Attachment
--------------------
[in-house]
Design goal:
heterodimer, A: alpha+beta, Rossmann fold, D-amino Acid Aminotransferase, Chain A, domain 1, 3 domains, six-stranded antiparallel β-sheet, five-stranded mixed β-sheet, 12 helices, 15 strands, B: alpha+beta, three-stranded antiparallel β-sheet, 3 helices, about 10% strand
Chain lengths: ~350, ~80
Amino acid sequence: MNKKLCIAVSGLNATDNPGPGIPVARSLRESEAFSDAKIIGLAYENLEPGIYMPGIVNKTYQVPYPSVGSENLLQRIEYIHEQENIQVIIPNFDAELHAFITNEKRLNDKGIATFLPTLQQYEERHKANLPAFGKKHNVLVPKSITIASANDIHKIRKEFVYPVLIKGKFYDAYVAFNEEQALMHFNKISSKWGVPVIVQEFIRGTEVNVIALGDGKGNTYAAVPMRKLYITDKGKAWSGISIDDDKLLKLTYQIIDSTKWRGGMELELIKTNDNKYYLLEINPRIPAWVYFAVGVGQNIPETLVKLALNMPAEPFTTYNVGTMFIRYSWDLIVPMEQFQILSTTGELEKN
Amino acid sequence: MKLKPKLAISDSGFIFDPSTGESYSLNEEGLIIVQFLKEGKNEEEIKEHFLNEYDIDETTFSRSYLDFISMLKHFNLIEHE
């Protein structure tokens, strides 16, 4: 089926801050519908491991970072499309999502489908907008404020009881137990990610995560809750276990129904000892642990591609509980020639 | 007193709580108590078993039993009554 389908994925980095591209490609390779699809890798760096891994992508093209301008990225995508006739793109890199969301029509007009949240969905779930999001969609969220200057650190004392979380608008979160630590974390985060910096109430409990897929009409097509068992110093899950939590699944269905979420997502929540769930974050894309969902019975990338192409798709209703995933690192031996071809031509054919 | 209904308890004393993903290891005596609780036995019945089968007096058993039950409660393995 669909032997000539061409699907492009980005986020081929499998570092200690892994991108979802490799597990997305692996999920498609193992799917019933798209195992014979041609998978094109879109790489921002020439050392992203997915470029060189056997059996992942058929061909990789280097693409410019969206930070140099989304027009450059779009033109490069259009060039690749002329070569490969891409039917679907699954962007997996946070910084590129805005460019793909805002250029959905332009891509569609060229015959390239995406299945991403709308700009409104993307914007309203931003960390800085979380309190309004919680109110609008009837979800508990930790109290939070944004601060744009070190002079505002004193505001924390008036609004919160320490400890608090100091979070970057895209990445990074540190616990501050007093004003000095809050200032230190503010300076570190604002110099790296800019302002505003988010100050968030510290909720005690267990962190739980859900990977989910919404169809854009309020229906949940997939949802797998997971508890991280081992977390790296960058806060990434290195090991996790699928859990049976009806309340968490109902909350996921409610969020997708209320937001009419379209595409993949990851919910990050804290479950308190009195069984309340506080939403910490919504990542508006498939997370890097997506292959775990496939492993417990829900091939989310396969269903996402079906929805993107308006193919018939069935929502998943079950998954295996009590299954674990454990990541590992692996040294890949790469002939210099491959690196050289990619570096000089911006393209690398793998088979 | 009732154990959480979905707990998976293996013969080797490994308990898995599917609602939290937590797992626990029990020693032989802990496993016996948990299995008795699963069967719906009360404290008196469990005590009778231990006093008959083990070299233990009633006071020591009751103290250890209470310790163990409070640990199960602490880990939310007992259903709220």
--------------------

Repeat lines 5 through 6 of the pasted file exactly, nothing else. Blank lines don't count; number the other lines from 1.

Amino acid sequence: MNKKLCIAVSGLNATDNPGPGIPVARSLRESEAFSDAKIIGLAYENLEPGIYMPGIVNKTYQVPYPSVGSENLLQRIEYIHEQENIQVIIPNFDAELHAFITNEKRLNDKGIATFLPTLQQYEERHKANLPAFGKKHNVLVPKSITIASANDIHKIRKEFVYPVLIKGKFYDAYVAFNEEQALMHFNKISSKWGVPVIVQEFIRGTEVNVIALGDGKGNTYAAVPMRKLYITDKGKAWSGISIDDDKLLKLTYQIIDSTKWRGGMELELIKTNDNKYYLLEINPRIPAWVYFAVGVGQNIPETLVKLALNMPAEPFTTYNVGTMFIRYSWDLIVPMEQFQILSTTGELEKN
Amino acid sequence: MKLKPKLAISDSGFIFDPSTGESYSLNEEGLIIVQFLKEGKNEEEIKEHFLNEYDIDETTFSRSYLDFISMLKHFNLIEHE